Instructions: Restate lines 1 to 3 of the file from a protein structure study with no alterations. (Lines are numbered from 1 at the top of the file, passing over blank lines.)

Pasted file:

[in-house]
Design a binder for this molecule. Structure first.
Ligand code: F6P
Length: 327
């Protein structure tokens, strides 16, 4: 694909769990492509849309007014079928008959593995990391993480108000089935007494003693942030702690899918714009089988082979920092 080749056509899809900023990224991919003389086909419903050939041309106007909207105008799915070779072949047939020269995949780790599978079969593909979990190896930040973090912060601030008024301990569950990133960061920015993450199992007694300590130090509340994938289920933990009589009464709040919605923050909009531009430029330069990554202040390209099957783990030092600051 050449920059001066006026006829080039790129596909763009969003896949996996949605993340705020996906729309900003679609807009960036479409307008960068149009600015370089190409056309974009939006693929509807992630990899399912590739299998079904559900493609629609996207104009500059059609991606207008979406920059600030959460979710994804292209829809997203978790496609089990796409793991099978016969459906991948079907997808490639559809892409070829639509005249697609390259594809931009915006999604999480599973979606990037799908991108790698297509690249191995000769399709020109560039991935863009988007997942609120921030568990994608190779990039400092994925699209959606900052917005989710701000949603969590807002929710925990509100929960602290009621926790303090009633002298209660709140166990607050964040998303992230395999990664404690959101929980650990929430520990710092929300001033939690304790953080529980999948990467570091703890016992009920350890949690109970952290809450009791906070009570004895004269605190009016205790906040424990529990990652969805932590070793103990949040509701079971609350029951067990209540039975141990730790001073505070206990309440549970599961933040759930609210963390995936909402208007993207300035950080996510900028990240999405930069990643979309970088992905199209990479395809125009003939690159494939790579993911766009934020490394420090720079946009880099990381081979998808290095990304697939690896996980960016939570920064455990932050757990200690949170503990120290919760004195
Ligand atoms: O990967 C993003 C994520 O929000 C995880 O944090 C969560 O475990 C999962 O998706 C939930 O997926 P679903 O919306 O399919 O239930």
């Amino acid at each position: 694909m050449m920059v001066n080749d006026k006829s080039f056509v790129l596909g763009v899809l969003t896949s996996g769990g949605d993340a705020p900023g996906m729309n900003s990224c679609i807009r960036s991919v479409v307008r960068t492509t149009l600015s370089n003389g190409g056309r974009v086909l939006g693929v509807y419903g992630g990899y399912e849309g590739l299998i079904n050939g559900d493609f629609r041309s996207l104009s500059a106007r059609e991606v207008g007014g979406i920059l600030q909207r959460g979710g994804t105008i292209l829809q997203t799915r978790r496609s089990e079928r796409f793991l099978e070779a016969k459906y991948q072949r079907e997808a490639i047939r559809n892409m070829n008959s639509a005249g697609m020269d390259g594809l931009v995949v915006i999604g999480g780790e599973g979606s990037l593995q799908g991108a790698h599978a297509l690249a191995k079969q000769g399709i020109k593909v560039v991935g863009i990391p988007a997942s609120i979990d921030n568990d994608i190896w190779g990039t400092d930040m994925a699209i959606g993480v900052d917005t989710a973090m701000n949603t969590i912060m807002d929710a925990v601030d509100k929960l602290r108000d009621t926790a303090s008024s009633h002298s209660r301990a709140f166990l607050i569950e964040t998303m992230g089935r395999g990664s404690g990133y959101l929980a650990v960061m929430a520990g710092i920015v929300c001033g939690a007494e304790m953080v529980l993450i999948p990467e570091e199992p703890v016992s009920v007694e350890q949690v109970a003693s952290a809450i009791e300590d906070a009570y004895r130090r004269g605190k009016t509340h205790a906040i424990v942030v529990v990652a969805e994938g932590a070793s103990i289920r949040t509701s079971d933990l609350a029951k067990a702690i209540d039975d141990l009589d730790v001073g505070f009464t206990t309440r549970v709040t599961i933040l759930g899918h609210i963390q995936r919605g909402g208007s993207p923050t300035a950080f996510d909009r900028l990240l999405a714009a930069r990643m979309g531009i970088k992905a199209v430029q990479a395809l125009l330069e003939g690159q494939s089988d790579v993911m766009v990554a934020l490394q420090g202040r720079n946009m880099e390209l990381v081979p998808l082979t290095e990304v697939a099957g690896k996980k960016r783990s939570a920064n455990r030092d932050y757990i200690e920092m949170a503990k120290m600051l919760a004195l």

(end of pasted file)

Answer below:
[in-house]
Design a binder for this molecule. Structure first.
Ligand code: F6P